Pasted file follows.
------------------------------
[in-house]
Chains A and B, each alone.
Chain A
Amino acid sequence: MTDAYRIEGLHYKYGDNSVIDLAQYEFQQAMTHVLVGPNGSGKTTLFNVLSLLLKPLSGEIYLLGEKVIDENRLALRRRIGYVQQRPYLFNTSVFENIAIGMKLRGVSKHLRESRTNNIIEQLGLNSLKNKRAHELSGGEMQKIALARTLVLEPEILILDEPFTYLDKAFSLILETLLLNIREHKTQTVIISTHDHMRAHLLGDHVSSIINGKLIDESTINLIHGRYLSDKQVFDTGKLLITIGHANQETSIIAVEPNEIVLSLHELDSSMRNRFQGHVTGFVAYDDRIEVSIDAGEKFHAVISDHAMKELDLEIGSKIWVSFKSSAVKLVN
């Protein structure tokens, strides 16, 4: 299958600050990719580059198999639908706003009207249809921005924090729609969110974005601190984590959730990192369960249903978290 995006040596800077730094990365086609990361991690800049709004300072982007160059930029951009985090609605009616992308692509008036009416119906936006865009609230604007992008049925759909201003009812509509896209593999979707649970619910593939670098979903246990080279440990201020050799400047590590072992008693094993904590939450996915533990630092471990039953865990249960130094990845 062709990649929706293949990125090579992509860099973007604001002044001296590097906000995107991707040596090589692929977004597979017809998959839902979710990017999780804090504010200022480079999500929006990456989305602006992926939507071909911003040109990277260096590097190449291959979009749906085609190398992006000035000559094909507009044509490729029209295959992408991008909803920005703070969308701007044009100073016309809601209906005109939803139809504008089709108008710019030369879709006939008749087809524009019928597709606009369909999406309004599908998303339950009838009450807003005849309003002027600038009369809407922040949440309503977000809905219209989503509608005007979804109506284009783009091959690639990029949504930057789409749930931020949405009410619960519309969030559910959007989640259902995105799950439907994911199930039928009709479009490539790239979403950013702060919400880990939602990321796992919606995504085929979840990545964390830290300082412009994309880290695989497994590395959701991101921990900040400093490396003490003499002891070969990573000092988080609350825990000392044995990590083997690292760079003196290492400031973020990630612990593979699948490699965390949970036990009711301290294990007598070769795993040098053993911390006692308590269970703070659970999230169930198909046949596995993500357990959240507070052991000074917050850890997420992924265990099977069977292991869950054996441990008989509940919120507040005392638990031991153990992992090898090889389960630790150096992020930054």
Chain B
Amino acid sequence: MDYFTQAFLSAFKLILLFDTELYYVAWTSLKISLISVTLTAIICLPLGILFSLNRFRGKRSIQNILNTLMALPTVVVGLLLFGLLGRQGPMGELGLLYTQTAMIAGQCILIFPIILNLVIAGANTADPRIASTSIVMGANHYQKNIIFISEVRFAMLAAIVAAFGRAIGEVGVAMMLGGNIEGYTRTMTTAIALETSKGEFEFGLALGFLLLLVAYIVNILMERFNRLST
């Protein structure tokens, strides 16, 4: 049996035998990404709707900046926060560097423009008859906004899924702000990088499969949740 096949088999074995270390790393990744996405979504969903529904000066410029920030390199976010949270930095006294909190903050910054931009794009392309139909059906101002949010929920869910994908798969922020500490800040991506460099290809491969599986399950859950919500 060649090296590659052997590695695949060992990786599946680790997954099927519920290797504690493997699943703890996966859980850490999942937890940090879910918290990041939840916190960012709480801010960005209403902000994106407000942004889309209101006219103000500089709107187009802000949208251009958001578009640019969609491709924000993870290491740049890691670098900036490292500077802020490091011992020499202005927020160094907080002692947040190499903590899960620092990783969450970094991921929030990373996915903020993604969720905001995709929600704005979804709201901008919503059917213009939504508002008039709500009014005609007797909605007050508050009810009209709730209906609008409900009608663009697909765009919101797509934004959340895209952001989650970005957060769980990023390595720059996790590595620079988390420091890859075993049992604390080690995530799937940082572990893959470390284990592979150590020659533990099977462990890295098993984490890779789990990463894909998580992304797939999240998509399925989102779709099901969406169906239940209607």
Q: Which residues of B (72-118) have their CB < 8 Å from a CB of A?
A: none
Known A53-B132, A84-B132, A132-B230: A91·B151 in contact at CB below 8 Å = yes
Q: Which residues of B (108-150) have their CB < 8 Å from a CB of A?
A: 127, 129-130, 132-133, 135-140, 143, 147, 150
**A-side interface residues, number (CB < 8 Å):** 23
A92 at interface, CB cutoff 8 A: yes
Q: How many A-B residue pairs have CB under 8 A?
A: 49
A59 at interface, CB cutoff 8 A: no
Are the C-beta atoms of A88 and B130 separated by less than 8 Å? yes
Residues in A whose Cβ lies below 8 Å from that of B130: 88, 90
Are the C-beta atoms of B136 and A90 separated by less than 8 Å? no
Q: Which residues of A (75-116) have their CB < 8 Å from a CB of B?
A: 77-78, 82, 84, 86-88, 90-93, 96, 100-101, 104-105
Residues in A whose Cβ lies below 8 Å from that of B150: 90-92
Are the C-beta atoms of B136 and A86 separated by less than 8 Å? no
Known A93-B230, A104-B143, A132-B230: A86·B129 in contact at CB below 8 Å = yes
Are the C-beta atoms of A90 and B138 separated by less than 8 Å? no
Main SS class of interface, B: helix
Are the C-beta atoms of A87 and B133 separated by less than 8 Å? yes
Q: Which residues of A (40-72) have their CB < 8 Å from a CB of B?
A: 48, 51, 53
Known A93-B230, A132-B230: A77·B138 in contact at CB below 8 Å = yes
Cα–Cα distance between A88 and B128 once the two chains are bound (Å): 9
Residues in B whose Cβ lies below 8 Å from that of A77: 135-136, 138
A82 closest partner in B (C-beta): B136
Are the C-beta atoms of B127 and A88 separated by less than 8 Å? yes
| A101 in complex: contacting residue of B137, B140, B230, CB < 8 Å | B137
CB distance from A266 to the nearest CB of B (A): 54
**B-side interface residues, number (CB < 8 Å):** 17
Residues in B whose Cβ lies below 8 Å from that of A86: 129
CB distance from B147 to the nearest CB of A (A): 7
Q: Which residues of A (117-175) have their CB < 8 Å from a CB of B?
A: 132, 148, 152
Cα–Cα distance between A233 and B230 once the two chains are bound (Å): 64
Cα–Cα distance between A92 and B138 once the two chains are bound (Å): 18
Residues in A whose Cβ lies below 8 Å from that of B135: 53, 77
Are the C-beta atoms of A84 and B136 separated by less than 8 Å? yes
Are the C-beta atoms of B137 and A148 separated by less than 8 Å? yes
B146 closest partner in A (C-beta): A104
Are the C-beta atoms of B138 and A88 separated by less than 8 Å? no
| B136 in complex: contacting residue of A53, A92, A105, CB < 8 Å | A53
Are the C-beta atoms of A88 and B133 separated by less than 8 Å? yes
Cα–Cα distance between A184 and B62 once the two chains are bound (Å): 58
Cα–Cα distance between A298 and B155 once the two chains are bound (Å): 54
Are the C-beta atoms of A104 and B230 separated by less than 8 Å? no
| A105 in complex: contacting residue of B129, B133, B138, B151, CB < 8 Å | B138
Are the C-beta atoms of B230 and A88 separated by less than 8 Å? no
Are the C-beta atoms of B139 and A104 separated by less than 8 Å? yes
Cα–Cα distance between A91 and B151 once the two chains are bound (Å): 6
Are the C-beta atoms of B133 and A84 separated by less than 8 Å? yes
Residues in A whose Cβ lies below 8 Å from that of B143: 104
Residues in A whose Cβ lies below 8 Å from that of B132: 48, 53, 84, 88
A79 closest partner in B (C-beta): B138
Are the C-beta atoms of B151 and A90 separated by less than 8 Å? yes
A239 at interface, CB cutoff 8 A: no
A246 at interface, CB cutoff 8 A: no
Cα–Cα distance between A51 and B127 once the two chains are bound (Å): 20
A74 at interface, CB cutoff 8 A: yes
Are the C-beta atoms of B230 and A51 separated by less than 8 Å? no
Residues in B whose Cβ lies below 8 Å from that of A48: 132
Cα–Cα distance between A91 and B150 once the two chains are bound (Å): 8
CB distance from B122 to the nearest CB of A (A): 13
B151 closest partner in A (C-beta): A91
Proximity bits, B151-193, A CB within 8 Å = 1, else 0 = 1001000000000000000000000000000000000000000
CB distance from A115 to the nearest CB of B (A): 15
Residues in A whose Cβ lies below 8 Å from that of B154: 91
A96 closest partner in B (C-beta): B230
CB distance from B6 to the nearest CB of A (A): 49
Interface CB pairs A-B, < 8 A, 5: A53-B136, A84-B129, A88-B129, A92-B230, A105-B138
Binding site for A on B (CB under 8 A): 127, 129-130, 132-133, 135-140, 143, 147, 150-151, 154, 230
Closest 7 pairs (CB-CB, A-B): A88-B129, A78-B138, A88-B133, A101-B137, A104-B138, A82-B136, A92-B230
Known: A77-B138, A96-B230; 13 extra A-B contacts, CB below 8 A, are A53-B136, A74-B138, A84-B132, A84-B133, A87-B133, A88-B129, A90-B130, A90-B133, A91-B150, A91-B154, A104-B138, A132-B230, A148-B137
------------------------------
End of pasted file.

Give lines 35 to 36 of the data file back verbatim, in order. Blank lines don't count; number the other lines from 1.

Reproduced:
A82 closest partner in B (C-beta): B136
Are the C-beta atoms of B127 and A88 separated by less than 8 Å? yes